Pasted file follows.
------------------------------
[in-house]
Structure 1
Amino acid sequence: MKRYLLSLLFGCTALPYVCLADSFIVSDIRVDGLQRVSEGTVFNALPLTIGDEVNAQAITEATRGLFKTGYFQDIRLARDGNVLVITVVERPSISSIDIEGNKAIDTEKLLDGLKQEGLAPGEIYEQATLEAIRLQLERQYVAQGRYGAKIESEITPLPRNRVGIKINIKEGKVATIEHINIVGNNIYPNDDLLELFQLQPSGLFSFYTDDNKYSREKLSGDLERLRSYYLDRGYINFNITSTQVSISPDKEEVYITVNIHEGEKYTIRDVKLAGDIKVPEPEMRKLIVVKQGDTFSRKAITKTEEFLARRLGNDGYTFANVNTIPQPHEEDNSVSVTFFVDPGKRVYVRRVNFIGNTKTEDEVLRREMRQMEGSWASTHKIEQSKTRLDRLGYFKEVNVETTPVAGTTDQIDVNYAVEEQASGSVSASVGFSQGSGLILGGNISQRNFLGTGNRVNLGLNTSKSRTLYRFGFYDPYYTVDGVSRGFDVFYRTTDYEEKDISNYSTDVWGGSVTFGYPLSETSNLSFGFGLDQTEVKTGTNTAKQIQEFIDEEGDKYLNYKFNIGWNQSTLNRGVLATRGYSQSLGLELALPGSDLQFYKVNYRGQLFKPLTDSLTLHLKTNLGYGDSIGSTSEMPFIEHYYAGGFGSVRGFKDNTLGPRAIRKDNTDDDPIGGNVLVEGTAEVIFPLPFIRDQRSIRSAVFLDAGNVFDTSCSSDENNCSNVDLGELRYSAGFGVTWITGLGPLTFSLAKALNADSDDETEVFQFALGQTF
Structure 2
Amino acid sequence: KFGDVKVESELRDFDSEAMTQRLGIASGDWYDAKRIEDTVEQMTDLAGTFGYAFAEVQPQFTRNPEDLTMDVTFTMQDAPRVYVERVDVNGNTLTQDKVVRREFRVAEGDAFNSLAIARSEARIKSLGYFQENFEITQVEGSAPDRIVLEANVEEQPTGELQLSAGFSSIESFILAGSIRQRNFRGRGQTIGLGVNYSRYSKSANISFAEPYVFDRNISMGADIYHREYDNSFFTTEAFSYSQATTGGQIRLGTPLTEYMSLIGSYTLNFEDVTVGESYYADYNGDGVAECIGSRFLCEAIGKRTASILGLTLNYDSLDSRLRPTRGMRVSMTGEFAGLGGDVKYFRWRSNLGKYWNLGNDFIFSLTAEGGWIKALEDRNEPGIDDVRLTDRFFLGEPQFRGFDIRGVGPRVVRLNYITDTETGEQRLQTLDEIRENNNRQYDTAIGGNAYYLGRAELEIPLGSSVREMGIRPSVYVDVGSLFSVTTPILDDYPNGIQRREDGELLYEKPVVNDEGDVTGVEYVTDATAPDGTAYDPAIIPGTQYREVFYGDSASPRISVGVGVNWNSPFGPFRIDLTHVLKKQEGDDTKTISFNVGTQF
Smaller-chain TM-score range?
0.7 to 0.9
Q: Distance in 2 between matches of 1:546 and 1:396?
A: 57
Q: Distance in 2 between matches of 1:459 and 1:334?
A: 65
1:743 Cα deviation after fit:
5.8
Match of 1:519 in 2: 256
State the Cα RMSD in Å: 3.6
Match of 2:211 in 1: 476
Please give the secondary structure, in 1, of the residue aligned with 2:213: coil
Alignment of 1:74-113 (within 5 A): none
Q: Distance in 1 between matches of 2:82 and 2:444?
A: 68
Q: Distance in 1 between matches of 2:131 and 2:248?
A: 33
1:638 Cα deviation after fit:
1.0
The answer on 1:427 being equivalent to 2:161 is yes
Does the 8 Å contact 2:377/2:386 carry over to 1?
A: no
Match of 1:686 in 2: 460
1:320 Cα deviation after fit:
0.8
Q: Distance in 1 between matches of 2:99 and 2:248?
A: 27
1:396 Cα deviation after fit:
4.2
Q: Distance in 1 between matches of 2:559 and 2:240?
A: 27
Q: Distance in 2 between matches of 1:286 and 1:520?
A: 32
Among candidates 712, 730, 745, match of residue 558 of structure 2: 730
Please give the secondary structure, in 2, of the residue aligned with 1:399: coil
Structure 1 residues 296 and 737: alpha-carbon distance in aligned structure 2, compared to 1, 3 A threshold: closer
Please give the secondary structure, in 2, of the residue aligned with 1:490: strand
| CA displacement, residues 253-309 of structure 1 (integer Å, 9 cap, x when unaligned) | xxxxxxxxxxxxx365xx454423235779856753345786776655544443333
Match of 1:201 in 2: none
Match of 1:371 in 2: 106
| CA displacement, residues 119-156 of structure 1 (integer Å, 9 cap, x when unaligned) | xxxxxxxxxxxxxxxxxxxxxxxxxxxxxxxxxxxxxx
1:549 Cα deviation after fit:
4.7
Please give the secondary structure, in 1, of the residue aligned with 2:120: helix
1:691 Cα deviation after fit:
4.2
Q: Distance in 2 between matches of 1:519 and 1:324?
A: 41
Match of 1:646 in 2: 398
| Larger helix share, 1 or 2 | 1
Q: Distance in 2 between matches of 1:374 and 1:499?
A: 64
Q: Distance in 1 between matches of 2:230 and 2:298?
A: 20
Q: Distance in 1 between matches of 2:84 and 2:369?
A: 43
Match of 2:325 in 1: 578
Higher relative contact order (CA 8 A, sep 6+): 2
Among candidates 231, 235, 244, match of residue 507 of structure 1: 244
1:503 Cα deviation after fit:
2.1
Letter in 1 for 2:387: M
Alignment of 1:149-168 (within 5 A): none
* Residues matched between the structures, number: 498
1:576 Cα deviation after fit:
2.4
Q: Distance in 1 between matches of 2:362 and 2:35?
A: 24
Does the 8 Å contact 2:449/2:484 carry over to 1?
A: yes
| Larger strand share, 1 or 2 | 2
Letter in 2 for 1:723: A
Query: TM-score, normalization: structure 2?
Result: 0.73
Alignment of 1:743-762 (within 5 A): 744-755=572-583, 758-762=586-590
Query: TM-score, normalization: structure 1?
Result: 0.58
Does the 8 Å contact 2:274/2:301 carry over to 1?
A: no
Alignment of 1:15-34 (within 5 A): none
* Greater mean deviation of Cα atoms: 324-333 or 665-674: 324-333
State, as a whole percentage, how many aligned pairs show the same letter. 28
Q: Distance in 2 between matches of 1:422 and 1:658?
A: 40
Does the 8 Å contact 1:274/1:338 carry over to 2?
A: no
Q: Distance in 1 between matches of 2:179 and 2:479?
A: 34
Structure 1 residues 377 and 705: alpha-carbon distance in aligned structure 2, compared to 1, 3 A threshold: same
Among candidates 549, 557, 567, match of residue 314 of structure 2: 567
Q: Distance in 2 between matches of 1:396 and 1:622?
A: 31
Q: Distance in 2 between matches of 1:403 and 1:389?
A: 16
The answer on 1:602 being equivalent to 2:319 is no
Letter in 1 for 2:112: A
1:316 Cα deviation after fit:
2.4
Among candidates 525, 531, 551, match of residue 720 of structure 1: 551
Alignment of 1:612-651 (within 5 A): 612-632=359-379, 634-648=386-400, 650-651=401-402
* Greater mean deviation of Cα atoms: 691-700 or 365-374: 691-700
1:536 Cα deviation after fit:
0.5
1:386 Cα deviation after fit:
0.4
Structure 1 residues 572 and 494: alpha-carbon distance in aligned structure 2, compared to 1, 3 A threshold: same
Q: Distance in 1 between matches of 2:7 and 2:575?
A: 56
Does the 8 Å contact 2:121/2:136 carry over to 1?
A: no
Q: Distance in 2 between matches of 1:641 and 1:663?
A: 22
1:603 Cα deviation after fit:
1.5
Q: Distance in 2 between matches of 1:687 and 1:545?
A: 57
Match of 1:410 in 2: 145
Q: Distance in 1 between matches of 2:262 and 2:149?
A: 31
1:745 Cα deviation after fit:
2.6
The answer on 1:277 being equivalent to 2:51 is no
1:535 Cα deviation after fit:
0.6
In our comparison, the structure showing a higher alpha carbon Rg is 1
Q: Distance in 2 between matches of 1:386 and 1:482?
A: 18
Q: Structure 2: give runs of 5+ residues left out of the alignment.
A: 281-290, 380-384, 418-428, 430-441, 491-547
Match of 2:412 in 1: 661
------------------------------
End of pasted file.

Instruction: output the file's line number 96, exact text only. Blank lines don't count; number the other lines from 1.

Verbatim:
Q: Distance in 2 between matches of 1:396 and 1:622?